This week’s interview is with Penelope Fay Heavner, Special Assistant to the Assistant Law Librarian for Collections, Outreach and Services. Penelope, known here as Penny, is a lovely, cheerful lady with British accent and knowledge and experience in many areas including reference librarianship and outreach activities.
Describe your background
I have lived in Washington, D.C. for so many years now that I describe myself as a “Washingtonian.” I came here in the early 1970s by way of South America. Before then I lived and worked in London, including working for a short time for a barristers’ chambers at the Middle Temple. I would have to say that it was something of a shock to me when I arrived in Washington. As the capital of the United States, I assumed Washington would be a large, busy, cosmopolitan city like London. Today when we enjoy such a profusion of theatres, restaurants, multiple museums, and art galleries, it is hard to remember that in the early 1970s Washington was still a somewhat provincial small town.
What is your academic/professional history?
I have an undergraduate degree from the George Washington University where I graduated Phi Beta Kappa. I also have a Master’s in Art History with a concentration in medieval and renaissance art from the same university. I worked at the Corcoran Gallery of Art and the George Washington University’s Gelman Library before obtaining a Master’s in Library Science from Catholic University. I joined the Congressional Research Service (CRS) in 1987 as a reference librarian. I worked for CRS’s reference division before moving to positions in CRS’s Finance and Administration office and then the Knowledge Services Group. In both these last two positions I was responsible for coordinating CRS’s outreach to foundations.
How would you describe your job to other people?
Exciting! I work with Robert Newlen who is the Assistant Law Librarian for Collections, Outreach, and Services. I support Robert on the outreach side. My job involves many different activities, which is what I enjoy. I write, I research, I work with people both within and outside the Library, and I feel that I contribute directly to the support of an important American institution.
Why did you want to work at the Law Library of Congress
This is my dream job for a number of reasons. Much of my work in CRS focused on independent foundations. Getting to know the foundation world and the breadth of the projects that foundations undertake was a revelation to me. I think that many Americans are unaware of the myriad ways in which foundations contribute to the improvement of our society. My position at the Law Library has a broader scope than my previous job. Now I not only work with foundations, but I am also helping the Law Library reach out and establish relationships with a wide spectrum of organizations, corporations, and individual donors.
Additionally, the Law Library is one of the premier law libraries in the world. It employs lawyers from all over the world with expertise in a wide range of foreign legal systems. It is a privilege to work with and get to know these specialists. While I most certainly was aware of and to some extent used the holdings of the Law Library when I worked as a CRS reference librarian, I knew even then that I had only skimmed the surface of the Law Library’s collections. Working in the Law Library is giving me a far greater exposure to its impressive holdings. The Law Library’s holdings includes some, perhaps little known, unique special collections on Jewish law, Islamic law, and the laws of Native American peoples.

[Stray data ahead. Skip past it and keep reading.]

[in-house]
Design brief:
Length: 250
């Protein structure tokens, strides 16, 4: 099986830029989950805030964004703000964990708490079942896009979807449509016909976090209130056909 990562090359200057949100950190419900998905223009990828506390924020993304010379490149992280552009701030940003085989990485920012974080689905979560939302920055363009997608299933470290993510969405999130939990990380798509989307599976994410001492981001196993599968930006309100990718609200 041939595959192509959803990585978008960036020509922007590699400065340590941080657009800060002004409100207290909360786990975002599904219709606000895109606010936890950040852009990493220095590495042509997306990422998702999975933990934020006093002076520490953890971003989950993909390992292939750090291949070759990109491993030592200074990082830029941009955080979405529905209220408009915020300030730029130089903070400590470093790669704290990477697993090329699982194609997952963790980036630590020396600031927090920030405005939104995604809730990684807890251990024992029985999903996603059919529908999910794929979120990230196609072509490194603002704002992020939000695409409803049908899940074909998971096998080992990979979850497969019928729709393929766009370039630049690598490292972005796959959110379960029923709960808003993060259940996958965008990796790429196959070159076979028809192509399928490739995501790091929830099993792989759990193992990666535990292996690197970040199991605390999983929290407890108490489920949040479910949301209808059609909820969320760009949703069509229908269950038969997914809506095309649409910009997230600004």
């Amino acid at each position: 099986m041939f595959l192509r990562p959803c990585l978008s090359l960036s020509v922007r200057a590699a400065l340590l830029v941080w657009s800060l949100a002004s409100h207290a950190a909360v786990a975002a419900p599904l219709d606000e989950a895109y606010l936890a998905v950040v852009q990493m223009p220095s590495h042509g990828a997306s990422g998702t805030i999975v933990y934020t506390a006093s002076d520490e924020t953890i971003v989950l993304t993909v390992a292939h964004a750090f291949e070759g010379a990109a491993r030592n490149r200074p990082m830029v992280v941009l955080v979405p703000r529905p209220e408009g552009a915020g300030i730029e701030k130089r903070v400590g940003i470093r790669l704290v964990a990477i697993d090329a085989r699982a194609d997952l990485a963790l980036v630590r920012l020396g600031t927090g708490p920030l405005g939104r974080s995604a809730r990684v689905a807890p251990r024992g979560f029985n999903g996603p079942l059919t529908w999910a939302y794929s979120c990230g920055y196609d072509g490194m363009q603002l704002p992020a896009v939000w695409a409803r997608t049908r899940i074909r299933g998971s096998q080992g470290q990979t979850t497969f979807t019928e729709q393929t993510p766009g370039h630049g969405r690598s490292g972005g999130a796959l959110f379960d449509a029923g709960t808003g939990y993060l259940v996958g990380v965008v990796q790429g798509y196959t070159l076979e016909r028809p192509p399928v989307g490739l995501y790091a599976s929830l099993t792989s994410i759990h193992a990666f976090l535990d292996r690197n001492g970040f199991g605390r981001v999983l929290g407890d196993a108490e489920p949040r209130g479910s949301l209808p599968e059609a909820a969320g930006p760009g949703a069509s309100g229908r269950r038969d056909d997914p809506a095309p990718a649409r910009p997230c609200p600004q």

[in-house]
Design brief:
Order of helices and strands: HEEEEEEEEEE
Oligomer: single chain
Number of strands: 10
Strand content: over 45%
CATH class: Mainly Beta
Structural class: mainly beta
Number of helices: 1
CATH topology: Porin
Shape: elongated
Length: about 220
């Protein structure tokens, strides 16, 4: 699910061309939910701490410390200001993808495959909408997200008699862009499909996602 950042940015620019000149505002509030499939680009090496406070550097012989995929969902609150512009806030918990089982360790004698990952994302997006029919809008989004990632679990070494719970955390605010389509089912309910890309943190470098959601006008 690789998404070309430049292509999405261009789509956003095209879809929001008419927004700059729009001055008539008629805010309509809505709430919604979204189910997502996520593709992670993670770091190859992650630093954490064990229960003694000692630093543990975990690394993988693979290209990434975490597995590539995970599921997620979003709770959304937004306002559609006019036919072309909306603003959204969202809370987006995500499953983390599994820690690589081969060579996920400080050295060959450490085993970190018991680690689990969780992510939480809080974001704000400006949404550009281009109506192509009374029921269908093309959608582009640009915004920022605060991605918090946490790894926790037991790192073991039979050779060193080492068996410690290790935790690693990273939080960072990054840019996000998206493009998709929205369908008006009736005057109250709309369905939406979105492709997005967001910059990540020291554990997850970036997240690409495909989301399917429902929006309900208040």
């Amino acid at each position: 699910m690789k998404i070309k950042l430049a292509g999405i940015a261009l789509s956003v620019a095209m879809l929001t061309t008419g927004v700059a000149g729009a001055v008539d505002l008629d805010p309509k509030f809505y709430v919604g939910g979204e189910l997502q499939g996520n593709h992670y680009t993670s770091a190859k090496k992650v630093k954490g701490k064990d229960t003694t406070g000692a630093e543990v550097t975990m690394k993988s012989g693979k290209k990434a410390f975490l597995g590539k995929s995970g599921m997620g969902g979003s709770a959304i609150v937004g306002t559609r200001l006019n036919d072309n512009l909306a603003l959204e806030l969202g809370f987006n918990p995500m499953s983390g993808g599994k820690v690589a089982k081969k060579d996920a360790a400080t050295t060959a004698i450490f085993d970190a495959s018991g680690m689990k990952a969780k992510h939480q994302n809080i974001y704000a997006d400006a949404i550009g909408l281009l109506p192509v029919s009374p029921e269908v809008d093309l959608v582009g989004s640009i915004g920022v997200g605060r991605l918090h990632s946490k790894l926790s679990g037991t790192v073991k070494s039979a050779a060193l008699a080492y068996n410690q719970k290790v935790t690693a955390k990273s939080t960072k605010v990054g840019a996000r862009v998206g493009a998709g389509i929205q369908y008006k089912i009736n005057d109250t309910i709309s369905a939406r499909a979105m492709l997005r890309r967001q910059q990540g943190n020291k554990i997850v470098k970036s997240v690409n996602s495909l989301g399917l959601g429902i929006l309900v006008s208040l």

What is the most interesting fact that you have learned about the Law Library of Congress?
Only one interesting fact? Actually, there is so much that is interesting about the Law Library that I continue to learn new things every day. Many people think of libraries as dry, uninteresting and on the sidelines of modern life. Perhaps I can use two facts to demonstrate one point: libraries today still provide a vital public service, and that is especially true of the Law Library. Only a few years ago the Law Library played a key role in assisting the Afghan government. The Taliban had destroyed all copies of Afghan official documents, leaving the Karzai government with very little documentation on which to base their legal system. The Law Library had a considerable collection of pre-Taliban legal documents and was thus in a position to help the Karzai government restore its basic legal documents and subsequent precedents developed under the pre-Taliban legal system.
The Law Library also played a similar supporting role in the 1990s. Probably not many people know that Dr. Oleg G. Rumiantsev, who is sometimes referred to as the Russian James Madison, used the Law Library’s collection in drafting the new Russian constitution. Dr. Rumiantsev, who was then in the United States, was a frequent visitor to the Law Library and he drew extensively on its legal collection, particularly focusing on examples of constitutions that contained the checks and balances typical in western constitutions.
What is something most of your co-workers do not know about you?
Having worked at the Library of Congress for so long I doubt that there is much that my co-workers do not already know about me. However, I will divulge that I have a secret, unfulfilled ambition – that is to successfully perform the role of Brunhilde in Wagner’s Der Gotterdammerung. Brunhilde is my favorite opera heroine, and Wagner’s music for her is unparalleled. She transitions from goddess to human, and is passionate, steadfast, and brave. I think that the role must be one of the most satisfying that an opera singer can perform. Of course, I should also mention that I am completely incapable of carrying even a simple tune, so this is one ambition I will never realize. In fact, my husband always tells me that everything I sing sounds like the anvil chorus!